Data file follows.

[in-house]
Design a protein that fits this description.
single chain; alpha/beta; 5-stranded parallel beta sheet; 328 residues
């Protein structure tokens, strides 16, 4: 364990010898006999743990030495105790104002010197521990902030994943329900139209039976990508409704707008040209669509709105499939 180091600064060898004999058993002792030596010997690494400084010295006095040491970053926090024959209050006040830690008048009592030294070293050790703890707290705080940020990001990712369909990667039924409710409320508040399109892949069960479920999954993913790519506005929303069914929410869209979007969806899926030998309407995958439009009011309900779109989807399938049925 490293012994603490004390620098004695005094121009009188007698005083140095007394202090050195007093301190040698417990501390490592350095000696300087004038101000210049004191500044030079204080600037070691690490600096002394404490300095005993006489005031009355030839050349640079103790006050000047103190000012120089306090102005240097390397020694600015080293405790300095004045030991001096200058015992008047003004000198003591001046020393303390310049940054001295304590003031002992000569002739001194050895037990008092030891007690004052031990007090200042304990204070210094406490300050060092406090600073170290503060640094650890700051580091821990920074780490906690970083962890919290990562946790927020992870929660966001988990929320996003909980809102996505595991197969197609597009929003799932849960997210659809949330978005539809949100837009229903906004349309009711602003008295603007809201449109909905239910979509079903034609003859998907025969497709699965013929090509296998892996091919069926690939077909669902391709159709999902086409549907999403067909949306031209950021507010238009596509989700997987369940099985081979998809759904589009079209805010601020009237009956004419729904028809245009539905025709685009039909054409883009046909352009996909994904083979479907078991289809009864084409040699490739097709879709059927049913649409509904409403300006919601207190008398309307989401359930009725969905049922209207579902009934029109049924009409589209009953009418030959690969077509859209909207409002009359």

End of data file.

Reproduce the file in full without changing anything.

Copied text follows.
[in-house]
Design a protein that fits this description.
single chain; alpha/beta; 5-stranded parallel beta sheet; 328 residues
């Protein structure tokens, strides 16, 4: 364990010898006999743990030495105790104002010197521990902030994943329900139209039976990508409704707008040209669509709105499939 180091600064060898004999058993002792030596010997690494400084010295006095040491970053926090024959209050006040830690008048009592030294070293050790703890707290705080940020990001990712369909990667039924409710409320508040399109892949069960479920999954993913790519506005929303069914929410869209979007969806899926030998309407995958439009009011309900779109989807399938049925 490293012994603490004390620098004695005094121009009188007698005083140095007394202090050195007093301190040698417990501390490592350095000696300087004038101000210049004191500044030079204080600037070691690490600096002394404490300095005993006489005031009355030839050349640079103790006050000047103190000012120089306090102005240097390397020694600015080293405790300095004045030991001096200058015992008047003004000198003591001046020393303390310049940054001295304590003031002992000569002739001194050895037990008092030891007690004052031990007090200042304990204070210094406490300050060092406090600073170290503060640094650890700051580091821990920074780490906690970083962890919290990562946790927020992870929660966001988990929320996003909980809102996505595991197969197609597009929003799932849960997210659809949330978005539809949100837009229903906004349309009711602003008295603007809201449109909905239910979509079903034609003859998907025969497709699965013929090509296998892996091919069926690939077909669902391709159709999902086409549907999403067909949306031209950021507010238009596509989700997987369940099985081979998809759904589009079209805010601020009237009956004419729904028809245009539905025709685009039909054409883009046909352009996909994904083979479907078991289809009864084409040699490739097709879709059927049913649409509904409403300006919601207190008398309307989401359930009725969905049922209207579902009934029109049924009409589209009953009418030959690969077509859209909207409002009359």